• Revolutionizing Health Care and Research in the Developing World. The panel featured 2006 Nobel Peace Prize laureate Muhammad Yunus, Managing Director, Grameen Bank, speaking about “microcredit loans.” When Yunus began Grameen Bank he loaned a total of $27 among 42 people. Today, Yunus loans on average, anywhere from $10 to $150 to 7.5 million people, 97 percent of those being poor women. Most of the money loaned financed fruit and vegetable seeds for planting, clean water, housing, and sanitary latrines. Yunus believes that social businesses should not be in it to make a profit and that any money made should stay with the company to improve their delivery systems. This was just one example of how individual business models are revolutionizing the delivery of healthcare to the poor in the developing world.
  • Pursuing your Passion. The day could not have ended on a better note. Three of the biggest legends of our time graced the conference and shared how they went confidently in the direction of their dreams, pursued these with passion, and lived to tell the story:

  • Peter Diamandis of the X PRIZE Foundation, which sponsored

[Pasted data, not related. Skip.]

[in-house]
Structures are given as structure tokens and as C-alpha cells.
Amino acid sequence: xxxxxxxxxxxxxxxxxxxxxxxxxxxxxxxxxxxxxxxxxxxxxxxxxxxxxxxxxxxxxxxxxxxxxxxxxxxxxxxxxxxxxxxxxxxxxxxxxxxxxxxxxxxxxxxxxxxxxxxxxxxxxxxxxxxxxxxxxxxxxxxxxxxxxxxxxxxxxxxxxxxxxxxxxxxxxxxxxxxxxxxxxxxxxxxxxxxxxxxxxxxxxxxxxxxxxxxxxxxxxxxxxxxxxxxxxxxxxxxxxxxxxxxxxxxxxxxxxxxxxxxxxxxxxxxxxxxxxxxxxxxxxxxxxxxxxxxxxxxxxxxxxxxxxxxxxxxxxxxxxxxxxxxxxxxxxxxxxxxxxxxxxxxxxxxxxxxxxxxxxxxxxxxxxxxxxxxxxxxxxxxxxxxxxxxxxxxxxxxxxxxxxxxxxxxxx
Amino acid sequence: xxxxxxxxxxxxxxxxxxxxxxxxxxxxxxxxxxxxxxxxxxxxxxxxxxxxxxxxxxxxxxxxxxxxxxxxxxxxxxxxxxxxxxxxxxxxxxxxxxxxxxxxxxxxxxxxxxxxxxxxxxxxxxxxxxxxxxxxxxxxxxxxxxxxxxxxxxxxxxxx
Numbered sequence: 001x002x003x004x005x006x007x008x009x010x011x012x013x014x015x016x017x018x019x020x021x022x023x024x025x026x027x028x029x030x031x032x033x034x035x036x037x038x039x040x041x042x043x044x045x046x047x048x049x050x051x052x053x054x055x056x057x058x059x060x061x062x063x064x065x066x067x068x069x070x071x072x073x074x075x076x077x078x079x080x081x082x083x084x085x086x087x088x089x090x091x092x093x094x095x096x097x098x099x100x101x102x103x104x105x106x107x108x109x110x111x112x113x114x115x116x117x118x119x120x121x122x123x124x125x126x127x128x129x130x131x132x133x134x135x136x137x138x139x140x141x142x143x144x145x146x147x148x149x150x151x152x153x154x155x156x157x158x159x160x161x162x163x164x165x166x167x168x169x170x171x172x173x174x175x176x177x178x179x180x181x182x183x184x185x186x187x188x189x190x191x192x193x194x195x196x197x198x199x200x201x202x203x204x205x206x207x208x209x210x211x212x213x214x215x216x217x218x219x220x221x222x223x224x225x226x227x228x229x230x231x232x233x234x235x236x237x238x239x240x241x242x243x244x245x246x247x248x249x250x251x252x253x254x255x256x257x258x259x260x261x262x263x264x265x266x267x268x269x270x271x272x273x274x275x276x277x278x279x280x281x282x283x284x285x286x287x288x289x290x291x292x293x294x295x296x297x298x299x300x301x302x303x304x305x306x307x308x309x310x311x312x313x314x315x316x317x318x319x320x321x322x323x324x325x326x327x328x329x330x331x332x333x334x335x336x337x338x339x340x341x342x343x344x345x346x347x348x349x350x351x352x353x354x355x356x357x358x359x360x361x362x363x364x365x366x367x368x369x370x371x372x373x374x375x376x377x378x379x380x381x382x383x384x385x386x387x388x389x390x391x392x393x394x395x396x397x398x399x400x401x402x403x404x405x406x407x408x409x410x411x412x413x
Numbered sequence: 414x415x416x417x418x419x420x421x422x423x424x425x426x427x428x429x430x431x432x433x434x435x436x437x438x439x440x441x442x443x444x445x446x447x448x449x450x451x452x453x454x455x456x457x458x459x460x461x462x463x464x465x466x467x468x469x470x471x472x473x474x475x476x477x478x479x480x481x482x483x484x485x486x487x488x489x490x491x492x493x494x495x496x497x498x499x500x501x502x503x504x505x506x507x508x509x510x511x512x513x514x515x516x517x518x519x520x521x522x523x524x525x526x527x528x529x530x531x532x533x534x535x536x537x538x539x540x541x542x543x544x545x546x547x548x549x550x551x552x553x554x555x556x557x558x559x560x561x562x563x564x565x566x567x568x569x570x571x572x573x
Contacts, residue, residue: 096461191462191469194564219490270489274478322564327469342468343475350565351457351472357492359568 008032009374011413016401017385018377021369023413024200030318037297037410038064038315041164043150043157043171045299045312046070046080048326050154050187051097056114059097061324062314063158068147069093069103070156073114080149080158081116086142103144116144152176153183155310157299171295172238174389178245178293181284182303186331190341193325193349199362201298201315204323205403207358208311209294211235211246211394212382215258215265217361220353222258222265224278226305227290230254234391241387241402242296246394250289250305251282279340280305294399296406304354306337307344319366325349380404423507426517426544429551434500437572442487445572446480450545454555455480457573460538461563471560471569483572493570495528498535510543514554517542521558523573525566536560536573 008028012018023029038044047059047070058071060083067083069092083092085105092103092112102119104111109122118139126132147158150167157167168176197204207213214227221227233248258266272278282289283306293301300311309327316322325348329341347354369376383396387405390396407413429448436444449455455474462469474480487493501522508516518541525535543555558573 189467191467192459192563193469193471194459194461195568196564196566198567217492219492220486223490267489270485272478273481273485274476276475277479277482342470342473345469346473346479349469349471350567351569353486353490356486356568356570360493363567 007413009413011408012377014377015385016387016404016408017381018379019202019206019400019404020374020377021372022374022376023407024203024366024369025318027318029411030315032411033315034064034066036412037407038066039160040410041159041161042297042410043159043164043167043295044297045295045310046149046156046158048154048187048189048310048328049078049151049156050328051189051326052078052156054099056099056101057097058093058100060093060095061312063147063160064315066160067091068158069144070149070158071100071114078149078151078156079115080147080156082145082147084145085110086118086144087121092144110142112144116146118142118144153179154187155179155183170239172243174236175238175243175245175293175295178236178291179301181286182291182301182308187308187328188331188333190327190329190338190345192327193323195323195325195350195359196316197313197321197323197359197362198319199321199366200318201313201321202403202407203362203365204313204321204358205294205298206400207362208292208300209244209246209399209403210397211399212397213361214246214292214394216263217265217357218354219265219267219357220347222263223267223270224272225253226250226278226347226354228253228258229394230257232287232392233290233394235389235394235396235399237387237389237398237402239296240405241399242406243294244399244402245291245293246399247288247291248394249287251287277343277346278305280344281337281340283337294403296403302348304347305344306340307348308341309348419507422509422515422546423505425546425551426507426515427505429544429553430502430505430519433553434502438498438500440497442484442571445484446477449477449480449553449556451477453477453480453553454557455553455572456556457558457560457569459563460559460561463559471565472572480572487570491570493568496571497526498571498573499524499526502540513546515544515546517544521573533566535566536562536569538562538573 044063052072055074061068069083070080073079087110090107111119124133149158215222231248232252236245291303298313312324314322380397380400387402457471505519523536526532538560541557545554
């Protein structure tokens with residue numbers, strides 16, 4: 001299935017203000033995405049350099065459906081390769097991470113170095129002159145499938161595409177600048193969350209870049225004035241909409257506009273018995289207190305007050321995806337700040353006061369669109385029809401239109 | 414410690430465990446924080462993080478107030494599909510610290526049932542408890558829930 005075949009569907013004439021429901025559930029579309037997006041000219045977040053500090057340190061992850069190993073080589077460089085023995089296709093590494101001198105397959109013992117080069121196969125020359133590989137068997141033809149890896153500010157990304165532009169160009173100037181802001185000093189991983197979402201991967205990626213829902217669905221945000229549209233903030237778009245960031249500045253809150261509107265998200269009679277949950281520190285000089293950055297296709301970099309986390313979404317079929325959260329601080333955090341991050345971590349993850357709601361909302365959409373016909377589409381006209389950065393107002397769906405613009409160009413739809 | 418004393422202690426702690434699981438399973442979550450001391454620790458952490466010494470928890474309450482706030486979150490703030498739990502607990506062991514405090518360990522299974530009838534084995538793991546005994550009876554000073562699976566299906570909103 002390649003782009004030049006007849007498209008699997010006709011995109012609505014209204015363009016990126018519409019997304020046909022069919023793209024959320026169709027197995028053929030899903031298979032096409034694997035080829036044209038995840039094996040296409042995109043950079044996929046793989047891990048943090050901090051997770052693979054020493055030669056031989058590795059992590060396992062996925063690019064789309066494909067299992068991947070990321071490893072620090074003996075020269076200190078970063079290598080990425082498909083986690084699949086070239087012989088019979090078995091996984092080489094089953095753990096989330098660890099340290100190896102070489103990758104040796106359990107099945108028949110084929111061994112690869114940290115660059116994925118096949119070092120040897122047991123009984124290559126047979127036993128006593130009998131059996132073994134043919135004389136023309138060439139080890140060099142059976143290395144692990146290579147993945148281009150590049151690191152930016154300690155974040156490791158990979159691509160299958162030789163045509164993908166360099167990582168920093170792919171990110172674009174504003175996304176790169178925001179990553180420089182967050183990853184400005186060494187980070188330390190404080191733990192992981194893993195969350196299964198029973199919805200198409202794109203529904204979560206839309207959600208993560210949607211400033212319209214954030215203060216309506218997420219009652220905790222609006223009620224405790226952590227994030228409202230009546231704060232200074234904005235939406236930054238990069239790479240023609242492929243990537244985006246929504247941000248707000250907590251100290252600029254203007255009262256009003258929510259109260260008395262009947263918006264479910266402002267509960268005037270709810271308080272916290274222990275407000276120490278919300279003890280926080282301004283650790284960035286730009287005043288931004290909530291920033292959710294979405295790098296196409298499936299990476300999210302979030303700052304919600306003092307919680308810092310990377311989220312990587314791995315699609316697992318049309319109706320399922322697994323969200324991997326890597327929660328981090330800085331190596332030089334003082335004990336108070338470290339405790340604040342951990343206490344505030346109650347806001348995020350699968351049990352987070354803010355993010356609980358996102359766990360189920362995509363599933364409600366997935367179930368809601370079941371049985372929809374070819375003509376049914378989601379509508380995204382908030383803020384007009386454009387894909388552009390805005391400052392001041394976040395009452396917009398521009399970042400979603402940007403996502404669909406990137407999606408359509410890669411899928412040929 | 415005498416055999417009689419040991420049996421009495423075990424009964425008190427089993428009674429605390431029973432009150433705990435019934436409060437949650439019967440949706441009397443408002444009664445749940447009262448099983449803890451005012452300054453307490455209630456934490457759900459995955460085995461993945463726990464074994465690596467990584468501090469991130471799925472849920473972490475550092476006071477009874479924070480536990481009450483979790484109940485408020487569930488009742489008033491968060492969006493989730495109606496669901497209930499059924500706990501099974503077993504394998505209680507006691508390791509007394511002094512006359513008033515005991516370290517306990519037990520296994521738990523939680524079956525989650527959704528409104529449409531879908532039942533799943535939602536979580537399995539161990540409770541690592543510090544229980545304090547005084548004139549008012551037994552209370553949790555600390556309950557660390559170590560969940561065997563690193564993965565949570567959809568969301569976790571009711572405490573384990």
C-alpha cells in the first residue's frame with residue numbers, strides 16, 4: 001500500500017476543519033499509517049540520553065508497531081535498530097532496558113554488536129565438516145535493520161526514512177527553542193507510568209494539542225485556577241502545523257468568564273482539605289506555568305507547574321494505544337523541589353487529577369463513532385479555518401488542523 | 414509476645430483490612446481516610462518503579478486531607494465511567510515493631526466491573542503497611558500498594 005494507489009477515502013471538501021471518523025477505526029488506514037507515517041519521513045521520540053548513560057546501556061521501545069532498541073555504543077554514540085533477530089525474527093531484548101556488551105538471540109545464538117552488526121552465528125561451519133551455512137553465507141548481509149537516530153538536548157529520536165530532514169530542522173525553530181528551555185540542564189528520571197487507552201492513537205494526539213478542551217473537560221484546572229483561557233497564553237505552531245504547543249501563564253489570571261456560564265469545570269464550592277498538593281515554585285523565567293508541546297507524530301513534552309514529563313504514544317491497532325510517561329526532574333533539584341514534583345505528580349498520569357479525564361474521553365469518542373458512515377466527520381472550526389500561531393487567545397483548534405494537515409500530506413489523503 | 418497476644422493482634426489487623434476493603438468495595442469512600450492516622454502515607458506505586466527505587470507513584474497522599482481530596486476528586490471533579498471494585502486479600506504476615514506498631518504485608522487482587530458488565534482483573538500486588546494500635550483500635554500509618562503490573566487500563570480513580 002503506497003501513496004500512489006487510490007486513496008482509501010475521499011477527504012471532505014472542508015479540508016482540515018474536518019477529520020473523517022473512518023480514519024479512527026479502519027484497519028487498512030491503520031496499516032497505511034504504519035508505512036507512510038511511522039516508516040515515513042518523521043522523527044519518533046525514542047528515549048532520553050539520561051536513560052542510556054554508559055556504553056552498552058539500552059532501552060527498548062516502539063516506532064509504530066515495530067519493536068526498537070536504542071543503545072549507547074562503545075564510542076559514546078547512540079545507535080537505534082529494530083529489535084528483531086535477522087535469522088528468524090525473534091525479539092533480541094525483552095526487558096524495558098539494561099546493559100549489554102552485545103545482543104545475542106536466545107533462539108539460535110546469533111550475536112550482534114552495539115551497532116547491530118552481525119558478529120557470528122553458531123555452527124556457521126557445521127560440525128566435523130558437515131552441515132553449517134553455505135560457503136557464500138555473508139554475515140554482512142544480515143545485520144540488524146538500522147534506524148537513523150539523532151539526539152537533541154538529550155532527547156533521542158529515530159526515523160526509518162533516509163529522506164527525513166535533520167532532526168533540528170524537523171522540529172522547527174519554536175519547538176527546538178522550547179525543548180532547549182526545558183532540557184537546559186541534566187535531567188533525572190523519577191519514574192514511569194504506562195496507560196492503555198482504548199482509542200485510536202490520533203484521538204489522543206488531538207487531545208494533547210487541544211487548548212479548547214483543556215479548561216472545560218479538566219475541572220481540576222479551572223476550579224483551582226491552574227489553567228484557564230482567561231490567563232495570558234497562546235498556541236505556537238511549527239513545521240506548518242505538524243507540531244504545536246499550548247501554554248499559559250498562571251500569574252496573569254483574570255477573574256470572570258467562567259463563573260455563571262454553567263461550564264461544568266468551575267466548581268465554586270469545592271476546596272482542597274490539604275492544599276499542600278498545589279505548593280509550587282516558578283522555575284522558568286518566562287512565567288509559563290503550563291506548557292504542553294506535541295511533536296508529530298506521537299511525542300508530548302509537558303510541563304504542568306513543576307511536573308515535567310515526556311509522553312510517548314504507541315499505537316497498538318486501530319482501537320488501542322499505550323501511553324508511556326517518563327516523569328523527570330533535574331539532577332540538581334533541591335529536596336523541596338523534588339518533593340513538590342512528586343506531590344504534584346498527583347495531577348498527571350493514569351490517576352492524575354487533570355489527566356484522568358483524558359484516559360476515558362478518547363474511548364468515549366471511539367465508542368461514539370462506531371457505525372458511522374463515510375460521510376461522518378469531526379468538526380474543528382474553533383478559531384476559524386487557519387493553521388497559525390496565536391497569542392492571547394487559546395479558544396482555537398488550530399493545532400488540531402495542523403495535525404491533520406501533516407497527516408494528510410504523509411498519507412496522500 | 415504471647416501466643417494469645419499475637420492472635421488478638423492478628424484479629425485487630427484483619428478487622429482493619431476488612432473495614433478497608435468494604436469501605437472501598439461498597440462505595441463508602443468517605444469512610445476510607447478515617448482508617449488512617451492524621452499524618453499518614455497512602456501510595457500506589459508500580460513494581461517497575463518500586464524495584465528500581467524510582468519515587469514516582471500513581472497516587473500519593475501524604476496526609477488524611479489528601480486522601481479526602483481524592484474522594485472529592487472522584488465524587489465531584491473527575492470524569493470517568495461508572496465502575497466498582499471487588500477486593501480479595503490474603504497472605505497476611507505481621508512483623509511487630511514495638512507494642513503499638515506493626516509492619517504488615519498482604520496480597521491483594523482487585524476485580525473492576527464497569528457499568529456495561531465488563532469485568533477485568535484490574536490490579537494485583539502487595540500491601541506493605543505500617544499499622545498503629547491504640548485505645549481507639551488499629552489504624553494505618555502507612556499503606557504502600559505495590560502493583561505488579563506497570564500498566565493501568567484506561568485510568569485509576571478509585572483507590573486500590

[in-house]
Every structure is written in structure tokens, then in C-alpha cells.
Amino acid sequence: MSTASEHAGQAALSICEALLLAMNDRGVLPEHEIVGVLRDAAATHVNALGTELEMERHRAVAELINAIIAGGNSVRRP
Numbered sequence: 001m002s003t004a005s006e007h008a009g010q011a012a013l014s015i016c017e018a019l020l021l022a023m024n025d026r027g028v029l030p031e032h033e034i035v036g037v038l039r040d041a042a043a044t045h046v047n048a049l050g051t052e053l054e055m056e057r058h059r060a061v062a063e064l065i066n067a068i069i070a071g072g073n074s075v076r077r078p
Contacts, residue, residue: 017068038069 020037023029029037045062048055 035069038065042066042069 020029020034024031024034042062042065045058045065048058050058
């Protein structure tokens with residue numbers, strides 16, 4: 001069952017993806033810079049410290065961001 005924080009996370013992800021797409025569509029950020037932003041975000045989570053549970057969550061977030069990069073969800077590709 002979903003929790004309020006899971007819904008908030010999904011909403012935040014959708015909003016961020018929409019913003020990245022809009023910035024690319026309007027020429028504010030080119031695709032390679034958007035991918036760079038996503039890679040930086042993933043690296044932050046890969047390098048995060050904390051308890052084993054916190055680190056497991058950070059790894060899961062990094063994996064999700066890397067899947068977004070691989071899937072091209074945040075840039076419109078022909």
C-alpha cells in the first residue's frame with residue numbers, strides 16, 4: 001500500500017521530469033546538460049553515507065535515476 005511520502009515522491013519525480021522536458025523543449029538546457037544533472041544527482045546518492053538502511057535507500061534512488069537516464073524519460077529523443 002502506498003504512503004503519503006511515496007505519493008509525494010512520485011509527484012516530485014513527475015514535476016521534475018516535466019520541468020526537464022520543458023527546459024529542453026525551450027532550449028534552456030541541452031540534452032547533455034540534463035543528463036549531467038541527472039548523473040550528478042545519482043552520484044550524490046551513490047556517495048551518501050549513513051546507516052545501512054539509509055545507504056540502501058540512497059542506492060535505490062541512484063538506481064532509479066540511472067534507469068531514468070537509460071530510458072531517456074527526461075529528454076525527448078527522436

competitions for private-sector spaceflight, super fuel-efficient vehicles and
    rapid human-genome sequencing, aspires to no less than “bringing about radical breakthroughs for the benefit of humanity.”
  • Elaine Wynn, equally well-known as a passionate children’s advocate and patron of education, for decades has led initiatives to improve education in Nevada and the nation.
  • Quincy Jones, through the Project Q Foundation, works to improve the well-being of children in developing countries, and champions myriad other causes from music to medical research and more.
Mike Milken, a passionate innovator and advocate himself, moderated the panel, exploring the common thread that made each of the speakers such effective catalysts for positive change.